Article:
JERUSALEM (Reuters) - Israel would consider a French invitation to peace talks with the Palestinians, but believes France has made a mistake by saying it will recognize a Palestinian state if the talks fail, an Israeli government official said on Saturday.
“If and when we get an invitation to a conference, we will examine it and respond to it,” the official, who declined to be named, said in a statement.
French Foreign Minister Laurent Fabius told foreign diplomats on Friday that if the conference he proposes hit a wall, “well ... in this case, we need to face our responsibilities by recognizing the Palestinian state”.
The Israeli official dismissed the idea, saying: “Why would the Palestinians budge on even a comma in a conference if they already know that, without making progress, they will get what they want?”
Palestinian President Mahmoud Abbas, speaking to African leaders at a summit in Ethiopia, urged them to back France’s conference plan.
But two Israeli cabinet ministers, both allies of Prime Minister Benjamin Netanyahu, said Israel should boycott such a meeting.
“Unequivocally, Israel will not attend a conference under threat,” Transportation Minister Yisrael Katz told Channel 2 television, echoing a comment by Energy Minister Yuval Steinitz to Channel 1.
U.S.-led efforts to broker a “two-state solution” collapsed in 2014, and there has been no serious attempt to revive them.
Fabius has previously called for an international support group comprising Arab states, the European Union and U.N. Security Council members to put pressure on the two sides to compromise. But Netanyahu has called France’s initiatives “counterproductive”.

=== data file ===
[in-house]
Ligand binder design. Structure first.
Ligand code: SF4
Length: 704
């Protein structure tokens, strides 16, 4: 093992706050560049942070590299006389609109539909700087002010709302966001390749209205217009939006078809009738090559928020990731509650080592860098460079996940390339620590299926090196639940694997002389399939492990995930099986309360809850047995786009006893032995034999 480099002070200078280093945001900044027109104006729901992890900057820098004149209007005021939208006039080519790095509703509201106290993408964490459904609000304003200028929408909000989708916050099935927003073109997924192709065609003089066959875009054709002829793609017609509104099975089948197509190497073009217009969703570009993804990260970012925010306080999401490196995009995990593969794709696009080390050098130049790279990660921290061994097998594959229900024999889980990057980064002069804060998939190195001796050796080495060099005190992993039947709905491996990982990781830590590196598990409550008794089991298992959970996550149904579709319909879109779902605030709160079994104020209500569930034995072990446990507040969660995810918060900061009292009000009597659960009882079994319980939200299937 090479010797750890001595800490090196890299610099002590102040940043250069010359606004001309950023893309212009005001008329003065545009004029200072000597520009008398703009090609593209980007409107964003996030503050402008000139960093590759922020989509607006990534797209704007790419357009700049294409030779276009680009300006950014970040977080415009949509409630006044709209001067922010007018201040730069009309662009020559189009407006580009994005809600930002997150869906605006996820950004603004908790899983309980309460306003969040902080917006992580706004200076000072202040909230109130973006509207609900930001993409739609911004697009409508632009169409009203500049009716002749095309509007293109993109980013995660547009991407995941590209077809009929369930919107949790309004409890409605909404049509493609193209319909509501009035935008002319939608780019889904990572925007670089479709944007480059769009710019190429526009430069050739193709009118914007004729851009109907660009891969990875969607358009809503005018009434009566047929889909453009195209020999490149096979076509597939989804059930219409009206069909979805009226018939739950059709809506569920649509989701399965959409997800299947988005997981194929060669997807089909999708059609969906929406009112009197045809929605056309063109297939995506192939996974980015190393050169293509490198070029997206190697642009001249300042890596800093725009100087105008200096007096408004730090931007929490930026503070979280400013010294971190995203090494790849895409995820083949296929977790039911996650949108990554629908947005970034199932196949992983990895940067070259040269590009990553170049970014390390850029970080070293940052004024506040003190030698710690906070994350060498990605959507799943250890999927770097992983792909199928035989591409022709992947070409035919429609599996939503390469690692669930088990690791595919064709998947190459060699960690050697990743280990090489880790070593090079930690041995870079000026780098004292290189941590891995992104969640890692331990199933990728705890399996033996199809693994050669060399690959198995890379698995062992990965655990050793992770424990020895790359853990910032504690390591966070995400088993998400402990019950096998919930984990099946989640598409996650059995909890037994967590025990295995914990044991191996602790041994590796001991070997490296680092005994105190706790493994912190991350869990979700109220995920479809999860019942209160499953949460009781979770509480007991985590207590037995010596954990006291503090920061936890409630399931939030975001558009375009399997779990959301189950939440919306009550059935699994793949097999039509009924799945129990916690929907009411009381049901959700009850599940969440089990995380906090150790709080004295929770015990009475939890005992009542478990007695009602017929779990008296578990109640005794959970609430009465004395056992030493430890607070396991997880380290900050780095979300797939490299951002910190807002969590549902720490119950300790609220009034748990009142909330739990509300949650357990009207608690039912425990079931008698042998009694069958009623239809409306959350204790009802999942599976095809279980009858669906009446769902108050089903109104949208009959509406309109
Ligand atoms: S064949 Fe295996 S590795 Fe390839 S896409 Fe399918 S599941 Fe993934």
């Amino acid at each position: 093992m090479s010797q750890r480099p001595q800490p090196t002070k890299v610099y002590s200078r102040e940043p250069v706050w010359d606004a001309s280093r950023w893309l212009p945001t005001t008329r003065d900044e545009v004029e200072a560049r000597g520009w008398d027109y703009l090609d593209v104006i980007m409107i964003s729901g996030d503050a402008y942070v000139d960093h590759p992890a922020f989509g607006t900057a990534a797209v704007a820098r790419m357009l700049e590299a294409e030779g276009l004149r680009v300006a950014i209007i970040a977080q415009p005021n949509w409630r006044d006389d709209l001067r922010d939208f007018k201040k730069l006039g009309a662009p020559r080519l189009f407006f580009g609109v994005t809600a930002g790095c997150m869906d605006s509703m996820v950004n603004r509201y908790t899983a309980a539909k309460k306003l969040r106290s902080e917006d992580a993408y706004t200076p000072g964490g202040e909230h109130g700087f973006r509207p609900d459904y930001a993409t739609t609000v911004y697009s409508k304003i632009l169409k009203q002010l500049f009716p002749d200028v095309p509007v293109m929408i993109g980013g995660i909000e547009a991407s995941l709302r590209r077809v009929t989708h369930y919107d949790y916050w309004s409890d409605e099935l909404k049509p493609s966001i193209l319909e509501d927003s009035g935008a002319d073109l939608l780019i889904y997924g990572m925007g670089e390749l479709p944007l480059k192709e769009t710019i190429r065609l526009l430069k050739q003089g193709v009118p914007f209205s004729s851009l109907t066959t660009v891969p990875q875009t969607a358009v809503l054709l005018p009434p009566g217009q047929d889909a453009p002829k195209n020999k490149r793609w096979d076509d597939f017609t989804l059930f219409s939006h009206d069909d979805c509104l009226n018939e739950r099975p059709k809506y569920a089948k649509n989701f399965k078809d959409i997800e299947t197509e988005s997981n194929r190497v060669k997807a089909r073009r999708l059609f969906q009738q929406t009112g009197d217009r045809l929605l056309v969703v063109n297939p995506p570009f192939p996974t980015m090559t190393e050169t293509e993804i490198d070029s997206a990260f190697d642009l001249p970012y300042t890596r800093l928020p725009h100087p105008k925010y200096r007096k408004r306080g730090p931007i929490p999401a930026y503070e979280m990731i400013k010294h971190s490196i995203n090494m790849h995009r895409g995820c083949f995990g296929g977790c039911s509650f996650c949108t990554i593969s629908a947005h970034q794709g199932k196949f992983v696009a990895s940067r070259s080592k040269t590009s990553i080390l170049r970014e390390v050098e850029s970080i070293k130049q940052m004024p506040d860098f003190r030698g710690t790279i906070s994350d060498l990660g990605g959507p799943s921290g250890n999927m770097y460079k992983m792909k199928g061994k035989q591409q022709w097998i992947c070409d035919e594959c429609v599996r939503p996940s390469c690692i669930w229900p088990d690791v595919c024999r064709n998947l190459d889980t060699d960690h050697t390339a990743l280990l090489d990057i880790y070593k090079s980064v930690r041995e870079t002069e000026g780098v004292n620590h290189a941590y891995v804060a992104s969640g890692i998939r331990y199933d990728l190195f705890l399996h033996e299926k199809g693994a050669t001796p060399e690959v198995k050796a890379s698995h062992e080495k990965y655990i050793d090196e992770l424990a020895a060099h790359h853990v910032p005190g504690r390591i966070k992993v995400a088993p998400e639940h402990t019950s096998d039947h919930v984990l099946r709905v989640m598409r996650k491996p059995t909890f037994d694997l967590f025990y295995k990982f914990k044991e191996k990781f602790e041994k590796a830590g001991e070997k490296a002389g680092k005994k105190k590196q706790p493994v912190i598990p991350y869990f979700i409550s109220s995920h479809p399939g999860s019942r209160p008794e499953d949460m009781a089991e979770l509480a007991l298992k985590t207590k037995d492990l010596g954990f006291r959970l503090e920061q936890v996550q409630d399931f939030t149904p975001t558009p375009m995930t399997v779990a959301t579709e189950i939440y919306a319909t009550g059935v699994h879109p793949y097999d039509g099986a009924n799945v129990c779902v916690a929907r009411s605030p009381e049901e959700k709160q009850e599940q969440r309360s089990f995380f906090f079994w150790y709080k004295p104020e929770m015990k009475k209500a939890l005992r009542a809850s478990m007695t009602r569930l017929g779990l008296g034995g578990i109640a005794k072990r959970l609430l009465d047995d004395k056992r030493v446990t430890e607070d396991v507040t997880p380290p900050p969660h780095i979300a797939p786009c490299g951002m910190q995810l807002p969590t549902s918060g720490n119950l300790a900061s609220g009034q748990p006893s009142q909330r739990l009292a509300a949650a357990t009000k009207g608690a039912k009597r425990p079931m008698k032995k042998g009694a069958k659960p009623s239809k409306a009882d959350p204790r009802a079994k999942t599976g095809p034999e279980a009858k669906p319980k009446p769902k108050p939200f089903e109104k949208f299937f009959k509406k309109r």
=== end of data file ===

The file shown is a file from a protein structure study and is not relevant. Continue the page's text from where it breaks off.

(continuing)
A U.S. official responded cautiously to Fabius’s statement.
“The U.S. position on this issue has been clear. We continue to believe that the preferred path to resolve this conflict is for the parties to reach an agreement on final status issues directly,” the official said.
Despite anger in the U.S. administration over Israeli settlement building, there is little prospect of President Barack Obama supporting any initiative that could upset the U.S. Jewish lobby 10 months before an election.
U.N. Secretary-General Ban Ki-moon has called Israel’s expansion of Jewish settlements in occupied land “provocative” and said that it raises questions about its commitment to a two-state solution.
Palestine has non-member observer status at the United Nations and its flag flies with those of member states at U.N. headquarters in New York. Sweden became the first member of the European Union to recognize a Palestinian state in 2014, and several other states have followed.
Palestinians seek a state in Gaza, the West Bank and East Jerusalem, parts of which have been occupied by Israel since 1967.
Additional reporting by Nidal al-Mughrabi; writing by Ori Lewis; Editing by Kevin Liffey